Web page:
The act for the better desence of the frontiers, by raising a regiment of dragoons, is in the process of execution. About six hundred men have been enlisted, and most of the officers appointed, and five of the compa nies have been ordered to proceed to Fort Gibson, upon the Arkansas, where they will be stationed during the winter. The remainder of the regiment will be concentrated at Jefferson barracks this season, and it is intended in the spring to order the whole to proceed through the extensive Indian regions between the western boundaries of Missouri and Arkapsas and the Rocky Mountains. It is deemed indispensable to the peace and security of the frontiers, that a respectable force should be displayed in that quarter, and that the wandering and restless tribes who roam through it should be impressed with the power of the United States, by the exhibition of a corps so well qualified to excite their respect.These Indians are beyond the reach of a mere infantry force. Without stationary residences, and possessing an abundant supply of horses, and with habits admirably adapted to their use, they cau be held in check only by a similar force, and by its occasional display among them Almost every year has witnessed some outrage committed by them upon our citie zens, and as many of the Indian tribes from the country this side of the Mississippi, have removed and are removing to that region, we may anticipate their exposure to these predatory incursions, vuless vigorous measures are adoptea to repel thenu. We owe protection to the emigrants, and it bas been solemnly promised to them. And this duty can only be fulfilled by repressing and punishing every attempt to disturb the general tranquillity Policy and huinanity equally dictate this course, and their is reason to hope that he display of this force will itself render unneces. sary its hostile employment. The more barbarous tribes will perceive that their own safety is closely connected with the permanent establish ment of pacific relations, both with the United States and with the other Indians.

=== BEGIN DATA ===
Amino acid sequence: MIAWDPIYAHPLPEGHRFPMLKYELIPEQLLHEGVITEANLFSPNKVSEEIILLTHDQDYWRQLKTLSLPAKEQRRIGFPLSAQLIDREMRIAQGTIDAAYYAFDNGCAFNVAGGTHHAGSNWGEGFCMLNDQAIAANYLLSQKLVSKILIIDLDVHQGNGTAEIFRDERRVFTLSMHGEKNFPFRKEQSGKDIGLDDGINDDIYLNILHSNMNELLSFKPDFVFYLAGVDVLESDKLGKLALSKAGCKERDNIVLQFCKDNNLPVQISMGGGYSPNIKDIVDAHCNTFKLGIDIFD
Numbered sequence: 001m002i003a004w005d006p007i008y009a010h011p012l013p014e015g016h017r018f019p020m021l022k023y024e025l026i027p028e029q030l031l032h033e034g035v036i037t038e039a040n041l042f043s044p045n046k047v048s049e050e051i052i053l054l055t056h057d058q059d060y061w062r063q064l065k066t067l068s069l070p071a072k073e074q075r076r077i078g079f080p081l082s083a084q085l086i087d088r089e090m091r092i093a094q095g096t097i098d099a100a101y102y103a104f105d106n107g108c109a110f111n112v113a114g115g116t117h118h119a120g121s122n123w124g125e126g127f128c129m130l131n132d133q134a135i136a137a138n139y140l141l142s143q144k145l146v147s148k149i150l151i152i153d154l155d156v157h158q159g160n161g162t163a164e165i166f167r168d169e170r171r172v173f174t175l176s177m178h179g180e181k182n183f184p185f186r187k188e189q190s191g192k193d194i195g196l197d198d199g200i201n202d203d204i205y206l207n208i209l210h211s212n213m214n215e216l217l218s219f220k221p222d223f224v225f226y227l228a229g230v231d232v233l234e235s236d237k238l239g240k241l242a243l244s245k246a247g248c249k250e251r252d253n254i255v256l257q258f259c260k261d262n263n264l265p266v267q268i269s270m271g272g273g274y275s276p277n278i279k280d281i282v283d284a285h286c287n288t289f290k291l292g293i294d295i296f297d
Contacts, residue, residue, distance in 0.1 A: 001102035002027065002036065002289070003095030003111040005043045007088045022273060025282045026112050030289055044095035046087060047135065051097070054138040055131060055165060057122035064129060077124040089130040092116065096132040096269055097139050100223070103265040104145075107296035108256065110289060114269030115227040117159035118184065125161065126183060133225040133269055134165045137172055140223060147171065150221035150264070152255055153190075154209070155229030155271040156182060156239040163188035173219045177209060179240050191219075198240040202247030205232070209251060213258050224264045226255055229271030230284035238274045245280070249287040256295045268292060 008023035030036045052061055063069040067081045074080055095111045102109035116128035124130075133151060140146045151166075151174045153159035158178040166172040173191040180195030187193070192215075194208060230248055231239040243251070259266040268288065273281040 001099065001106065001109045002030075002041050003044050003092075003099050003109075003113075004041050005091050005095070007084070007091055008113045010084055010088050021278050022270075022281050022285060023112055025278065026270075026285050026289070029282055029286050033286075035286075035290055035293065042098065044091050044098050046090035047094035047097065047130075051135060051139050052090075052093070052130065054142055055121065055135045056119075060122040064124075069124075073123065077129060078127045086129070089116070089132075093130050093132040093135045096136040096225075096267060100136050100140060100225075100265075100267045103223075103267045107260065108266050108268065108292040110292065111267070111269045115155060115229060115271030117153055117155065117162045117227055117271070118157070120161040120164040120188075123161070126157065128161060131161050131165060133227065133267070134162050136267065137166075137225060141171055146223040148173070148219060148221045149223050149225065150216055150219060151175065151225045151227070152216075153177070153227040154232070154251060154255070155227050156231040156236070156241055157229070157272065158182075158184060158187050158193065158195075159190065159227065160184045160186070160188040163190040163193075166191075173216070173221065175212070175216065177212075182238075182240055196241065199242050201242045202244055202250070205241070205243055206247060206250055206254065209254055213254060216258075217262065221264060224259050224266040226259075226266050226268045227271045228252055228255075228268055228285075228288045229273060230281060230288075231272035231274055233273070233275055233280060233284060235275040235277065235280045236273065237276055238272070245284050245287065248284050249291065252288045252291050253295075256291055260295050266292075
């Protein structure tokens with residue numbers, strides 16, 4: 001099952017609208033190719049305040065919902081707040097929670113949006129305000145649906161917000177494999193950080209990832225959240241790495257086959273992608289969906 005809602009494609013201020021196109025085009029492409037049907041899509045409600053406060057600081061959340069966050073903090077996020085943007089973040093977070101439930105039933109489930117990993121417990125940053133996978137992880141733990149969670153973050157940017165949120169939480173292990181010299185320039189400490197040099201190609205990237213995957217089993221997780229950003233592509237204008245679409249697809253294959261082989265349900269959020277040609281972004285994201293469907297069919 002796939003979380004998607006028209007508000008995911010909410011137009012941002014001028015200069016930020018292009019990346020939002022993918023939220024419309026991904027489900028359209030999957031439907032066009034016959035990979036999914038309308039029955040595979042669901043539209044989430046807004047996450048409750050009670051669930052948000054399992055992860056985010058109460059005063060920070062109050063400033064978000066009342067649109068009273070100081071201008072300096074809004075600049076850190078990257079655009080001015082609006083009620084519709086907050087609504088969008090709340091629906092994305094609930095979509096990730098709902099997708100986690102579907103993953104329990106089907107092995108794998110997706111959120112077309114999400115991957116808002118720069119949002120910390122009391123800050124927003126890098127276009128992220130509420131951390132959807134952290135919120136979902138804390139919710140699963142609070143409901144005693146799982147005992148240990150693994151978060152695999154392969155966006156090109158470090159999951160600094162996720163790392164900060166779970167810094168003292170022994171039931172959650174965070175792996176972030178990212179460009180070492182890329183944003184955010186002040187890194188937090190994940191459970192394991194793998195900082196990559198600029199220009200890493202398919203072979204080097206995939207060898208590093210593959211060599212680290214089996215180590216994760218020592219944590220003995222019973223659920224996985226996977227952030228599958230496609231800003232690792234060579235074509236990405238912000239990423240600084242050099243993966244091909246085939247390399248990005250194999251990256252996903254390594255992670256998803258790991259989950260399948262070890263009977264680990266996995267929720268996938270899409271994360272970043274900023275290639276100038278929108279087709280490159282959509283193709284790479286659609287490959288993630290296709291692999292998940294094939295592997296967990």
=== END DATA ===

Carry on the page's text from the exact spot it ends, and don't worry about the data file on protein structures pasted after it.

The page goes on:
It is due to the regiment of dragoons to remark that its composition is